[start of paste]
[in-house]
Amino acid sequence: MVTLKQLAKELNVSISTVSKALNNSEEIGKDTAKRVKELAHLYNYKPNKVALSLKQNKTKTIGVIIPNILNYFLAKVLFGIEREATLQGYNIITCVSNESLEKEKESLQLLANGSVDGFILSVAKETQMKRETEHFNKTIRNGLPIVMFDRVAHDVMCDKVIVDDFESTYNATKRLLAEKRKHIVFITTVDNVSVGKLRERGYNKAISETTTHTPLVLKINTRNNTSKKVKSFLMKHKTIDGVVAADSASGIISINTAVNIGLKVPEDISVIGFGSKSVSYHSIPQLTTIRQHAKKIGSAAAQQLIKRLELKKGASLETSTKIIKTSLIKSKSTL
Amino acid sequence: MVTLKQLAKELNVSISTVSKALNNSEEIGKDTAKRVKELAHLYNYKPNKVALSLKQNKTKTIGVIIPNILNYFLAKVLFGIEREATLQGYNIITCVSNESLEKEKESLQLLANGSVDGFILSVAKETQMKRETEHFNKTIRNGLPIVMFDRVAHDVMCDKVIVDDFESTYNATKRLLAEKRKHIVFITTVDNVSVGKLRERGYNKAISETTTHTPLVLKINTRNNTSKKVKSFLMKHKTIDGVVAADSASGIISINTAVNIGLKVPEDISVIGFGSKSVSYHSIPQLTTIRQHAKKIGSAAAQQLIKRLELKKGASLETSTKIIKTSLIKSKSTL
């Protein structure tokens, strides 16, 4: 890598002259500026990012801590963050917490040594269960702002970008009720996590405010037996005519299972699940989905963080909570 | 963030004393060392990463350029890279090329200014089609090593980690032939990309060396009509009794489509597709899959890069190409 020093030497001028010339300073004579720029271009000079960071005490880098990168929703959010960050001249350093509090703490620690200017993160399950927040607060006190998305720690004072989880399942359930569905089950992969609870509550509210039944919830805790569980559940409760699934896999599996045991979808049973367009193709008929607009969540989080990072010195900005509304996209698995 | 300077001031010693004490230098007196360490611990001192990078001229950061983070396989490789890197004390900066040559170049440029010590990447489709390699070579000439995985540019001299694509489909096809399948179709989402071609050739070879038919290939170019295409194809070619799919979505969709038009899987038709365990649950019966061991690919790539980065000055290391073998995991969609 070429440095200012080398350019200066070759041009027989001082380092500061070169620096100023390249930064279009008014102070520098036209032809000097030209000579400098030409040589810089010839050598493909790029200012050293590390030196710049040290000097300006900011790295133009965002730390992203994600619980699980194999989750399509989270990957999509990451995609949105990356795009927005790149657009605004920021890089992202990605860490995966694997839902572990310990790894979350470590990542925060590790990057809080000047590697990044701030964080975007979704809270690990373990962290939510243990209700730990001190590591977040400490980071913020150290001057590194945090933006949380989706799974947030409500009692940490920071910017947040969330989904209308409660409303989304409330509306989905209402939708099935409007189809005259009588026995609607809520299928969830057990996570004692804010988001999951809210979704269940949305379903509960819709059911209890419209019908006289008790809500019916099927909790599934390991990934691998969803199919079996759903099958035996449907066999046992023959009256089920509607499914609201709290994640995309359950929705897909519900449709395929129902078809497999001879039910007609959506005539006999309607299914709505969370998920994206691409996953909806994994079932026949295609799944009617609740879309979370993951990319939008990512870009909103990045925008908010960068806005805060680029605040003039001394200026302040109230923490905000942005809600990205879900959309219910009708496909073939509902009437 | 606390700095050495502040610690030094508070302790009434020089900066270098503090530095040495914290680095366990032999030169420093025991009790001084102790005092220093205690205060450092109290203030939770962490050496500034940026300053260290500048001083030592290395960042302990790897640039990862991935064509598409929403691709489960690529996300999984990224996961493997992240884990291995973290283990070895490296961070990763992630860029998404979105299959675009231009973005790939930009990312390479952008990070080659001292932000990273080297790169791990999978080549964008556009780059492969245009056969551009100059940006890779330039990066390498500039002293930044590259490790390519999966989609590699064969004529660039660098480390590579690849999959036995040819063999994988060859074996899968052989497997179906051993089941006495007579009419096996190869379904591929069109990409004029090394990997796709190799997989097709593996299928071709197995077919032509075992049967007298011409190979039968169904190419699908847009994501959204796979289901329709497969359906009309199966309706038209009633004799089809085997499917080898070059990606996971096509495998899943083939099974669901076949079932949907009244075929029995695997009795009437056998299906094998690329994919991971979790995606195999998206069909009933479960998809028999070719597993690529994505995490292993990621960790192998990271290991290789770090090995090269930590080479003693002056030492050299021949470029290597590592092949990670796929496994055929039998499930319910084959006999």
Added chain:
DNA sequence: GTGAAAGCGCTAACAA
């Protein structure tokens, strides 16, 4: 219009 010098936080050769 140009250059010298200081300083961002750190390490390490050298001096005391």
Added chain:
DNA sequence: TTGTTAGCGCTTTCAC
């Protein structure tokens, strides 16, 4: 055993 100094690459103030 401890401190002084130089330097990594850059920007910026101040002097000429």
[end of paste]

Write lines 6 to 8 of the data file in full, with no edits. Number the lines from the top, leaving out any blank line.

DNA sequence: GTGAAAGCGCTAACAA
């Protein structure tokens, strides 16, 4: 219009 010098936080050769 140009250059010298200081300083961002750190390490390490050298001096005391």
Added chain: